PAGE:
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Are QR Codes Worth The Security Risks For Payments?

Posted on Mar 14, 2012

Quick response codes may be cheaper than NFC tags, but are they worth the security risk? That's a question payments industry leaders need to consider as many merchants warm up to QR codes.

Merchants are eyeing mobile-tagging as an alternative to more costly near-field communications apps such as Google's NFC mobile wallet. While it costs more, NFC technology offers a more secure model for payments, according to a blog for the Retail Payments Risk Forum of the Federal Reserve Bank of Atlanta.

Consumers can download content via QR codes at fast speeds by snapping a picture with their smartphone. The problem is that leaves users vulnerable to hackers who may use the code to lead them to a malicious website or application.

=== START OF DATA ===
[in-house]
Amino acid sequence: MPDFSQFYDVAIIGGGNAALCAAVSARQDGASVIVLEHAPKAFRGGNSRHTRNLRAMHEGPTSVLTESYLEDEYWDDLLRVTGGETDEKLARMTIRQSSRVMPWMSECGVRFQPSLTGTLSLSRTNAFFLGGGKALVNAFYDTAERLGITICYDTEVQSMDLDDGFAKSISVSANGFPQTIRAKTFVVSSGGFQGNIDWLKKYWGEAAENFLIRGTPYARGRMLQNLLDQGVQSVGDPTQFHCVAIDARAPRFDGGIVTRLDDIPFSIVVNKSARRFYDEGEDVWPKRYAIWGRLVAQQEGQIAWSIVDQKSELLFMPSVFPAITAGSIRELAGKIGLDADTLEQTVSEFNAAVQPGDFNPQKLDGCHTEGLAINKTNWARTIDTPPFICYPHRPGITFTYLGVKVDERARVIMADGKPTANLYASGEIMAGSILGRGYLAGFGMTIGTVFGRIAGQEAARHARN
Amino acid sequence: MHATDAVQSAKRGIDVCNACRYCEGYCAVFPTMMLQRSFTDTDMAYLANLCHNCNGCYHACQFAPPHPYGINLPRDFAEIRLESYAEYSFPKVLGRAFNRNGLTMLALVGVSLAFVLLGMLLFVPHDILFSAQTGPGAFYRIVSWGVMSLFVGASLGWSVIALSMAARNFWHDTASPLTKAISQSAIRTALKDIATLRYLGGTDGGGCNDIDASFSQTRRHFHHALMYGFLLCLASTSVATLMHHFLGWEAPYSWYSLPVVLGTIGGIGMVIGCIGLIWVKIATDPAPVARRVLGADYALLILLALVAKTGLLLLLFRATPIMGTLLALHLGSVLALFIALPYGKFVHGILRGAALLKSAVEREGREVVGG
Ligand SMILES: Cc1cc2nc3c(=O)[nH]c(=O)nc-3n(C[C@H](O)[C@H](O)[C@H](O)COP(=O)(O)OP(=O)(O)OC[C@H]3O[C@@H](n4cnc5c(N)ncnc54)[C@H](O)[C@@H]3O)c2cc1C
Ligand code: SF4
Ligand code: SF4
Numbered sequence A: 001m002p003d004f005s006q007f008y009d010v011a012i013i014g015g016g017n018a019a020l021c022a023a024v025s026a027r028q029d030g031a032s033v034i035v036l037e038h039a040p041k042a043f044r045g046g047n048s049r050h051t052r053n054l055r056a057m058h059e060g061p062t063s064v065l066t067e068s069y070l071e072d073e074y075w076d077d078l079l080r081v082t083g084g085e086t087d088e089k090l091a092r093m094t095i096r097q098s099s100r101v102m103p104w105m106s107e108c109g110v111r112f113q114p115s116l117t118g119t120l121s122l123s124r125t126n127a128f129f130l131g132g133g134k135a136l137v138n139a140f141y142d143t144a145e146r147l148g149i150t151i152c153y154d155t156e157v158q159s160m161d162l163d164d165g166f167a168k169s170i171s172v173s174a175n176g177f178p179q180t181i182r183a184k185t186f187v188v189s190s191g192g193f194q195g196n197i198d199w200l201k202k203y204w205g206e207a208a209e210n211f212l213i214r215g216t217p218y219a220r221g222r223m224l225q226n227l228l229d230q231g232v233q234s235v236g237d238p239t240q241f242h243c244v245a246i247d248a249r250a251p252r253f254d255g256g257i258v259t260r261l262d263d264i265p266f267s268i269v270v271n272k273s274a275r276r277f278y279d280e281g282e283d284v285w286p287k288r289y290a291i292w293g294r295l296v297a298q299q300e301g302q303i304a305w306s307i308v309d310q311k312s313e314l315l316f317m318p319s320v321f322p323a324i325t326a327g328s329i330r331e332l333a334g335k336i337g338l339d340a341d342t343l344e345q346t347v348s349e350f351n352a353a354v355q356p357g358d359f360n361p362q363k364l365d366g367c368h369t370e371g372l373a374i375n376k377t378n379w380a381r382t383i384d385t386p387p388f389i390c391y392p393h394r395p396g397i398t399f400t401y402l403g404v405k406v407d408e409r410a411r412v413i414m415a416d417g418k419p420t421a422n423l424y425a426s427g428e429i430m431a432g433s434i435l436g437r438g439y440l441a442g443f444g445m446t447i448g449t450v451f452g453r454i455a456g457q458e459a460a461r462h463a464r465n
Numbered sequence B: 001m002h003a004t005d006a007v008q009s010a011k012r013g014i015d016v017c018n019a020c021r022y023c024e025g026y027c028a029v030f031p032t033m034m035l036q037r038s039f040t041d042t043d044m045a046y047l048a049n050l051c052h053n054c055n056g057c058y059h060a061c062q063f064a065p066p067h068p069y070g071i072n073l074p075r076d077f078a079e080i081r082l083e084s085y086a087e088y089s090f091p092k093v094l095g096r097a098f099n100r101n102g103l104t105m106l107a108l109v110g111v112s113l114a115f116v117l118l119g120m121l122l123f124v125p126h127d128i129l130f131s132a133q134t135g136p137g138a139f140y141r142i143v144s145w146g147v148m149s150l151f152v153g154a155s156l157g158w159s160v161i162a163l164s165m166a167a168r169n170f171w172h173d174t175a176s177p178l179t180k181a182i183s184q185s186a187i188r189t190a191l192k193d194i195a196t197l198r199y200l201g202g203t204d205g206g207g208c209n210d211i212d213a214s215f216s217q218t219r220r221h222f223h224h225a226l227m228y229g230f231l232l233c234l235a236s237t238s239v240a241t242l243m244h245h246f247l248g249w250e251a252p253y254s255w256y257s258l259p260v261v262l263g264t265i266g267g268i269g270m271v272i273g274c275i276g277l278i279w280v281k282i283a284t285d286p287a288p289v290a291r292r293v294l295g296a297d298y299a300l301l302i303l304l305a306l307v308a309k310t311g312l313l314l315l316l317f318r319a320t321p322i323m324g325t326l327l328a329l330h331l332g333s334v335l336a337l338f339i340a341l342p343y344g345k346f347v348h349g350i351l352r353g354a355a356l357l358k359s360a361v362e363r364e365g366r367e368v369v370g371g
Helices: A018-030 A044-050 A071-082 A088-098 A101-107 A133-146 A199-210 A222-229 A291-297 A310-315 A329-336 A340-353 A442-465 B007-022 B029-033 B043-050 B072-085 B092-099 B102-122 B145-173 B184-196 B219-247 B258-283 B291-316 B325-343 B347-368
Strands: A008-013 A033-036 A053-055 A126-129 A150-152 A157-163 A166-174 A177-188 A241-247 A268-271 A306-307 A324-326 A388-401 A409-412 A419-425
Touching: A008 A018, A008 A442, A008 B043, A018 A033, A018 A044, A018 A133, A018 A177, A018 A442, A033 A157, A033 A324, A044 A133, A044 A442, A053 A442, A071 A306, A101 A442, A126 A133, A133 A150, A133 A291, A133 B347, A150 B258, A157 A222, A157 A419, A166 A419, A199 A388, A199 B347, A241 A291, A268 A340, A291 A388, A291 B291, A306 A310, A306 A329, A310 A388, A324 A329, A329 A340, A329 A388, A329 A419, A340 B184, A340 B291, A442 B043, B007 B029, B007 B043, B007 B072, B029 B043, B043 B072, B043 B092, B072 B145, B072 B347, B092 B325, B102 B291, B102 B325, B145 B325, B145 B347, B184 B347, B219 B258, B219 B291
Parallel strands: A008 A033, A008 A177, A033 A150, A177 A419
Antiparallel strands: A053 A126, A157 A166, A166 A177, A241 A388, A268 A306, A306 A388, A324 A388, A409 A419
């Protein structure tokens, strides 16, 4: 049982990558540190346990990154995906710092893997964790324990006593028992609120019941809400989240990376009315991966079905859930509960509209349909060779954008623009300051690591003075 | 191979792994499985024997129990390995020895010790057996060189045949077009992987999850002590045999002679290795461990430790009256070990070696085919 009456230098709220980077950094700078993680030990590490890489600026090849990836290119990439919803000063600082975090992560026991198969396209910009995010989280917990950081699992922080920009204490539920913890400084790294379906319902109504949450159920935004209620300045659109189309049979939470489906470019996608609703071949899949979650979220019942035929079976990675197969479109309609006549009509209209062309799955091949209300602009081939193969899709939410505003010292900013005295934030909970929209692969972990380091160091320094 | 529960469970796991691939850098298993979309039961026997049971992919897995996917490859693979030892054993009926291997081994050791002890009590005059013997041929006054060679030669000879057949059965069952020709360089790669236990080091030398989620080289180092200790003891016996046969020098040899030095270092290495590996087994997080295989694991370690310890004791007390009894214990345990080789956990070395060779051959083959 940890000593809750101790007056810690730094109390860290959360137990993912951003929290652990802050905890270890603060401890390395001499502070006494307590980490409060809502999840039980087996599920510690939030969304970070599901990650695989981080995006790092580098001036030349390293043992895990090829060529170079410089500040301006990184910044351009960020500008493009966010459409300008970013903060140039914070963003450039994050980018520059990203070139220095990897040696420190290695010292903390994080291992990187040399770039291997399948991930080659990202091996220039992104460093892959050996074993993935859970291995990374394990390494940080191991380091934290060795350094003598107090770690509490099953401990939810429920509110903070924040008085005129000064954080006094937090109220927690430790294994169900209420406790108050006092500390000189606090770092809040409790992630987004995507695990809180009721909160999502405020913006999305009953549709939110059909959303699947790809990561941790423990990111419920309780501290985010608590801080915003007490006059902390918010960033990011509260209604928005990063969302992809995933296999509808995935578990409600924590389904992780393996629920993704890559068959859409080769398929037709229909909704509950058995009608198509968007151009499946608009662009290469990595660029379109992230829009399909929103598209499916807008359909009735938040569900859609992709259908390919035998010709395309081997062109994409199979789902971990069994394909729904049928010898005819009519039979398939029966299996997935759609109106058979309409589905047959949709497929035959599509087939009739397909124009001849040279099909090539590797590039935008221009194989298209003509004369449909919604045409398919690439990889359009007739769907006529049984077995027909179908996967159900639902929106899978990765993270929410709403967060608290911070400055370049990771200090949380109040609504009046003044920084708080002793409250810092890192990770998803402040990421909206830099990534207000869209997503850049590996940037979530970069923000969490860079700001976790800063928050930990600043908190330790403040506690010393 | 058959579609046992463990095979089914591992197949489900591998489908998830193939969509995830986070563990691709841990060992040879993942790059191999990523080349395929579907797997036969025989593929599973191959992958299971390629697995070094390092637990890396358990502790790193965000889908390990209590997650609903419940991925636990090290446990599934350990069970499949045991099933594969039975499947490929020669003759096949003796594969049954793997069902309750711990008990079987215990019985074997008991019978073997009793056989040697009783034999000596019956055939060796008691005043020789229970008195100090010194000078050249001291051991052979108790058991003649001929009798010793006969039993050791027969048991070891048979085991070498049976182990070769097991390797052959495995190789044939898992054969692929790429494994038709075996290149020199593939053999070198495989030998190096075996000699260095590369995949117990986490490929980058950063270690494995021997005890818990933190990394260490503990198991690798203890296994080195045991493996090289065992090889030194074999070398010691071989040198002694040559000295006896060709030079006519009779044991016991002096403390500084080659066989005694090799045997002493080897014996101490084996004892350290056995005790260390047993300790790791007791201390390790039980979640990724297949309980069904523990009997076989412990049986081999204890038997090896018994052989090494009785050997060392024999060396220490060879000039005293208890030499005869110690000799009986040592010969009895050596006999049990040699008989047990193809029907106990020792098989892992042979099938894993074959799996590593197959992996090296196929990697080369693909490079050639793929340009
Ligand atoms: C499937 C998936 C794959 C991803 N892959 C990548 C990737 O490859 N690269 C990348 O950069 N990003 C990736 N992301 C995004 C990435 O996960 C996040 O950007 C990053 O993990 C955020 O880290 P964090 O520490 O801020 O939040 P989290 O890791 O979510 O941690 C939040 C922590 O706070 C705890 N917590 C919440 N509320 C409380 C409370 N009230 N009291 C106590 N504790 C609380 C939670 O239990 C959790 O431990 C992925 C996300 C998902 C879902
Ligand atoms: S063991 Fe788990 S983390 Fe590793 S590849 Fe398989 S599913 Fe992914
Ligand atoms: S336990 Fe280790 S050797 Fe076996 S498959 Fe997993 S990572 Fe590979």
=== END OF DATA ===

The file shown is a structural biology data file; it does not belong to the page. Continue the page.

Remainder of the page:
Fewer than 5 percent of people have got some form of security on their mobile devices, Norton online safety advocate Marian Merritt said in the post.

A continued upsurge in mobile-related hacking is expected this year as QR code-enabled mobile applications grow more advanced and popular.

Some merchants already are cashing in on the technology to process payments. Starbucks has recorded millions of transactions with its QR code-based mobile payment app launched last year.

QR codes might make sense for smaller, closed-loop payments systems, like Starbucks prepaid business model for a cup of coffee. On a larger scale, the payments industry should think seriously about whether risking security for short-term economic gains makes sense.

Source: Federal Reserve Bank of Atlanta, February 2012